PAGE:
MESSENGER Mission News
September 15, 2006
MESSENGER Tweaks Its Route to Mercury
The MESSENGER trajectory correction maneuver 11 (TCM 11) on September 12 lasted just under four minutes and adjusted the spacecraft's velocity by about 1.68 meters per second (5.5 feet per second). The short-duration maneuver kept MESSENGER on track for next month's Venus flyby.
Tuesday's maneuver started at 7 p.m. EDT; mission controllers at The Johns Hopkins University Applied Physics Laboratory (APL) in Laurel, Md., verified the start of the maneuver about 12 minutes later, when the first signals indicating thruster activity reached NASA's Deep Space Network tracking station outside Canberra, Australia.
While MESSENGER has used all 17 of its thrusters in completing several successful maneuvers, TCM 11 was the first course correction to require two sets of primary thrusters. Part A of the maneuver began at 7 p.m. EDT and lasted 23 seconds; Part B began at 7:10 p.m. and lasted 202 seconds.
Operators moved MESSENGER in two perpendicular movements during the maneuver - instead of on a straight path - to protect the spacecraft's heat-sensitive electronics from direct sunlight. The movements kept the sunshade in position to block the blinding sunlight, which warms the spacecraft nearly three times faster now than if MESSENGER were orbiting Earth.
The next TCM - the last chance for mission controllers to tweak the spacecraft's route prior to the Venus flyby - will take place no later than October 12. For graphics of MESSENGER's orientation during the maneuver, visit the "Trajectory Correction Maneuvers" section of the mission Web site.
MESSENGER Team to Share Notes with Venus Express
The primary goal of MESSENGER's October flyby of Venus is to receive a gravity assist that will put it on course to its final destination: Mercury. None of its instruments will be powered on near the time of closest approach, because Venus will be on the opposite site of the Sun from the Earth and the spacecraft will be out of direct communication for approximately three weeks.
MESSENGER will fly by Venus a second time, on June 6, 2007, and during that event all payload instruments will be trained on the planet before, during, and after closest approach. The MESSENGER team is working closely with the team operating Europe's Venus Express mission to take advantage of the fact that two spacecraft will be in the vicinity of Venus at the same time.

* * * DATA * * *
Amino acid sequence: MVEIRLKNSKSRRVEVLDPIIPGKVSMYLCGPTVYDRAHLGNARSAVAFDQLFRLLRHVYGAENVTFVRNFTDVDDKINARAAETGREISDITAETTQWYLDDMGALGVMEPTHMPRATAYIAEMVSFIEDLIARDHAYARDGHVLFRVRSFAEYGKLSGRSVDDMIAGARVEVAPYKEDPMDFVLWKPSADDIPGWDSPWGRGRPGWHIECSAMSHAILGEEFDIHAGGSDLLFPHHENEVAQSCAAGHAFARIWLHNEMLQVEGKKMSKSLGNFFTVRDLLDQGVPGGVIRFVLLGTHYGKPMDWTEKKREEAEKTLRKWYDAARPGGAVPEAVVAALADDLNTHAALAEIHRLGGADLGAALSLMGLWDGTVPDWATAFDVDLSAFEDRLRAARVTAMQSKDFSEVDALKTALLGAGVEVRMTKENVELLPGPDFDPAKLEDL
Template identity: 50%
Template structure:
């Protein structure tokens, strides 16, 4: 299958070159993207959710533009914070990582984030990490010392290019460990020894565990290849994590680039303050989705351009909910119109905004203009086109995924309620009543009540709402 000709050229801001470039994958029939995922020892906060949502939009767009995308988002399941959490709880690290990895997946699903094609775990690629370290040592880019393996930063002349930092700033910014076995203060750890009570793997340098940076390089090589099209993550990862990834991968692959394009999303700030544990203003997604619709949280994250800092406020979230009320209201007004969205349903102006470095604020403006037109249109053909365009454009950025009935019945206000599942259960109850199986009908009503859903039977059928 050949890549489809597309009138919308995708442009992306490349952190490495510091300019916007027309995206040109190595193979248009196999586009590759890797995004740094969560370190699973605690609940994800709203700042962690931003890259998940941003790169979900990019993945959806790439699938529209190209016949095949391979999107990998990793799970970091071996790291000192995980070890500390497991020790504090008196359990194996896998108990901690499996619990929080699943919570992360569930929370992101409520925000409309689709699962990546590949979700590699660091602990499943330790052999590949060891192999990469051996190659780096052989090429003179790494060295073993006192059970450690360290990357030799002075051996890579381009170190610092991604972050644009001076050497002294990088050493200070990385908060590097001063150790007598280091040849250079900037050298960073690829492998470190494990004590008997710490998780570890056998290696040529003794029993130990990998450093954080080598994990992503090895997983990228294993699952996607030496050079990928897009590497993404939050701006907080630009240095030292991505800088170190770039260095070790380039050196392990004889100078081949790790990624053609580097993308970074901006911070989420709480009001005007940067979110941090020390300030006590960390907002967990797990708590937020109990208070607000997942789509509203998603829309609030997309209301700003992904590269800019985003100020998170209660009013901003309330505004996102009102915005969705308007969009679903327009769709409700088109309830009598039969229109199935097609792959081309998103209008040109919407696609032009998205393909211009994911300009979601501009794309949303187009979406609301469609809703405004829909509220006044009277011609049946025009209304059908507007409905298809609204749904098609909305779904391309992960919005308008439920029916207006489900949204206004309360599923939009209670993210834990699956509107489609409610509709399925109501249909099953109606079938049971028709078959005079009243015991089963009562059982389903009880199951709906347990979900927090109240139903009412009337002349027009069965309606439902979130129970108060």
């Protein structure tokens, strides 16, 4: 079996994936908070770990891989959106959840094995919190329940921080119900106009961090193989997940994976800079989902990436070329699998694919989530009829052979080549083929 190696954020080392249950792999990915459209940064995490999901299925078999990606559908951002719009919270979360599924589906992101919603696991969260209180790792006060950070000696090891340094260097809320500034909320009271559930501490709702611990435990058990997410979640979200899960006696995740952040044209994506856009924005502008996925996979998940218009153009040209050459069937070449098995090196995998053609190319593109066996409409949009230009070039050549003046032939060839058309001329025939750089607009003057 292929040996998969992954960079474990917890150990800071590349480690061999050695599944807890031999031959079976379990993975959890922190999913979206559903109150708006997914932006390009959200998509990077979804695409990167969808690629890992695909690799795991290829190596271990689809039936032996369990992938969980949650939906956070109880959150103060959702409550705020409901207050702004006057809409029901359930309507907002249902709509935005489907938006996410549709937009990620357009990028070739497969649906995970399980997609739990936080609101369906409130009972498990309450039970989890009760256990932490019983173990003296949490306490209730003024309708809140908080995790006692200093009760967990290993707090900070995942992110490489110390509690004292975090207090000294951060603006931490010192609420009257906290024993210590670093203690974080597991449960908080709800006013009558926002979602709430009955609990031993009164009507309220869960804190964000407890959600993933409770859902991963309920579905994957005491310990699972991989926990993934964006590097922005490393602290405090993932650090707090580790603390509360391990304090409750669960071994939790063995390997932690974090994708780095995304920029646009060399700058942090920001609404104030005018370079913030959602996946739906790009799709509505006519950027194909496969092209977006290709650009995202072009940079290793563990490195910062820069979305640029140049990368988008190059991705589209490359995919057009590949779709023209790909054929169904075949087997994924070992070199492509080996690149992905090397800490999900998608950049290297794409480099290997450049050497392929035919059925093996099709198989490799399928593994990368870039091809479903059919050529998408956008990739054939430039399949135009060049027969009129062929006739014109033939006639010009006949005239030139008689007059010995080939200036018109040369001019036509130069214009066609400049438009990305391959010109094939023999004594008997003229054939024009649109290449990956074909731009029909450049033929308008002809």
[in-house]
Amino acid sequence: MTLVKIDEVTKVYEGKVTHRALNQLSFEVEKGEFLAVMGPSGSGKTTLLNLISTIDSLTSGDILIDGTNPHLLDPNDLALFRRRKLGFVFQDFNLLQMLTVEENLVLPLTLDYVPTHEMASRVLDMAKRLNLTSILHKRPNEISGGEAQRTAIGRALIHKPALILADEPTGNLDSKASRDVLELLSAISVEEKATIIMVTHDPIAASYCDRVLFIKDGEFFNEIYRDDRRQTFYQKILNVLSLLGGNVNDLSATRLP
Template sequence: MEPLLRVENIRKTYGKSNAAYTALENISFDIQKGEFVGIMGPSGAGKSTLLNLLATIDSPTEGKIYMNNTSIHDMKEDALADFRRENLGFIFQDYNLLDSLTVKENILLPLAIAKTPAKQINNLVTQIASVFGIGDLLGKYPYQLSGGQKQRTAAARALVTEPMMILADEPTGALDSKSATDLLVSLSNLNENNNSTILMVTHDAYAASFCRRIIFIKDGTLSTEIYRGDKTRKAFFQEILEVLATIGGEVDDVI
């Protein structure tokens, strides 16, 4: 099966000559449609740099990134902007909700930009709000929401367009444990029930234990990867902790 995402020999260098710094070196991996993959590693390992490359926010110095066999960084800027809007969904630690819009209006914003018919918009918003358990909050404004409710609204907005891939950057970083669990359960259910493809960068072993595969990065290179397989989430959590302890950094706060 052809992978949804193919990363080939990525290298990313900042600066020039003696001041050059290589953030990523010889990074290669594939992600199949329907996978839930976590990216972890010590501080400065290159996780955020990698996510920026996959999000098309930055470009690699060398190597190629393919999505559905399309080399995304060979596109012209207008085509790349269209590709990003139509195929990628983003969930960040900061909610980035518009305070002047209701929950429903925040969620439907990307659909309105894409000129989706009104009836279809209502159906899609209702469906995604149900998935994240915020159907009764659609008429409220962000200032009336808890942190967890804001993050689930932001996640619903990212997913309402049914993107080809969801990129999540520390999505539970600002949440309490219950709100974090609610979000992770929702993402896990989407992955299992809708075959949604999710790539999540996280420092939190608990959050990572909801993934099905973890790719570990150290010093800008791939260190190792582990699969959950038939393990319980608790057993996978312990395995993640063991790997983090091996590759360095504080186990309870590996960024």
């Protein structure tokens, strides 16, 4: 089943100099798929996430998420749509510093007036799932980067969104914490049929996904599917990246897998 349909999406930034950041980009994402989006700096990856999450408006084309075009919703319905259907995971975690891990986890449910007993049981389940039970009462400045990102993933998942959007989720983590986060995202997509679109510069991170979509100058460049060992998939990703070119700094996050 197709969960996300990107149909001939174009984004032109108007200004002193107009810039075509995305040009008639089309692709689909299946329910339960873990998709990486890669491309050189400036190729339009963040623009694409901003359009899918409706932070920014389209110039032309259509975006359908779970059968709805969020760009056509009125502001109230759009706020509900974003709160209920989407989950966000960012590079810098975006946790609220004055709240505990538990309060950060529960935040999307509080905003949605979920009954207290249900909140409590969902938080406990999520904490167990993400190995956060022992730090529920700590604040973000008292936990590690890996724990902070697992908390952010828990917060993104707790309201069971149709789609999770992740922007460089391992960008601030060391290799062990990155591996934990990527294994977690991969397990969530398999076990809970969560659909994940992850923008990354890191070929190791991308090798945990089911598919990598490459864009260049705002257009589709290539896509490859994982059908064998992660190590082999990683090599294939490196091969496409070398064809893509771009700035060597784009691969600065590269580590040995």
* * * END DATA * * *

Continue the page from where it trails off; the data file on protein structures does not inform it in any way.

The European Space Agency (ESA) launched the Venus Express mission in November 2005; the spacecraft entered Venus orbit in April and in June began its primary science mission to unveil the source of the planet's dense, turbulent and toxic atmosphere. Venus Express carries seven primary instruments, many of which were spares left over from previous ESA missions, such as the agency's Mars Express and comet-bound Rosetta programs.
For the October flyby, MESSENGER mission managers will exchange trajectory information with the Venus Express team. For the second flyby in June 2007, a range of coordinated observations of Venus is now being planned.
"As it is with any mission to the other planets in the solar system, when you have the opportunity to make multiple observations from different spacecraft at the same time you are giving yourself the opportunity to learn more than you would learn from either one operation on its own," says Ralph McNutt, MESSENGER's project scientist, from the Applied Physics Laboratory.
For information about Venus Express, go online to http://sci.esa.int/science-e/www/area/index.cfm?fareaid=64.
MESSENGER Added to Solar System Simulator Web Site
This summer the MESSENGER spacecraft was added to NASA Jet Propulsion Laboratory's (JPL) Solar System Simulator Web site. This highly capable, award-winning site features numerous options for viewing the planets, 24 selected planetary satellites, and the solar system using a variety of fields of view. The orbits of eleven interplanetary spacecraft are also featured.
JPL uses the Solar System Simulator as the sole tool for its "Where is Cassini?" feature (see http://saturn.jpl.nasa.gov/operations/present-position.cfm). The Solar System Simulator features the full-mission reference trajectory (reconstructed orbit as well as predicted orbit through the nominal end of mission) for the MESSENGER spacecraft.
The see the MESSENGER feature, go online to http://space.jpl.nasa.gov, and highlight "MESSENGER spacecraft," within the "Show me" prompt.
MESSENGER (MErcury Surface, Space ENvironment, GEochemistry, and Ranging) is a NASA-sponsored scientific investigation of the planet Mercury, and the first space mission designed to orbit the planet closest to the Sun. The MESSENGER spacecraft launched on Aug. 3, 2004, and after flybys of Earth, Venus and Mercury will start a yearlong study of its target planet in March 2011. Dr. Sean C. Solomon, of the Carnegie Institution of Washington, leads the mission as principal investigator. The Johns Hopkins University Applied Physics Laboratory built and operates the MESSENGER spacecraft and manages the Discovery-class mission for NASA.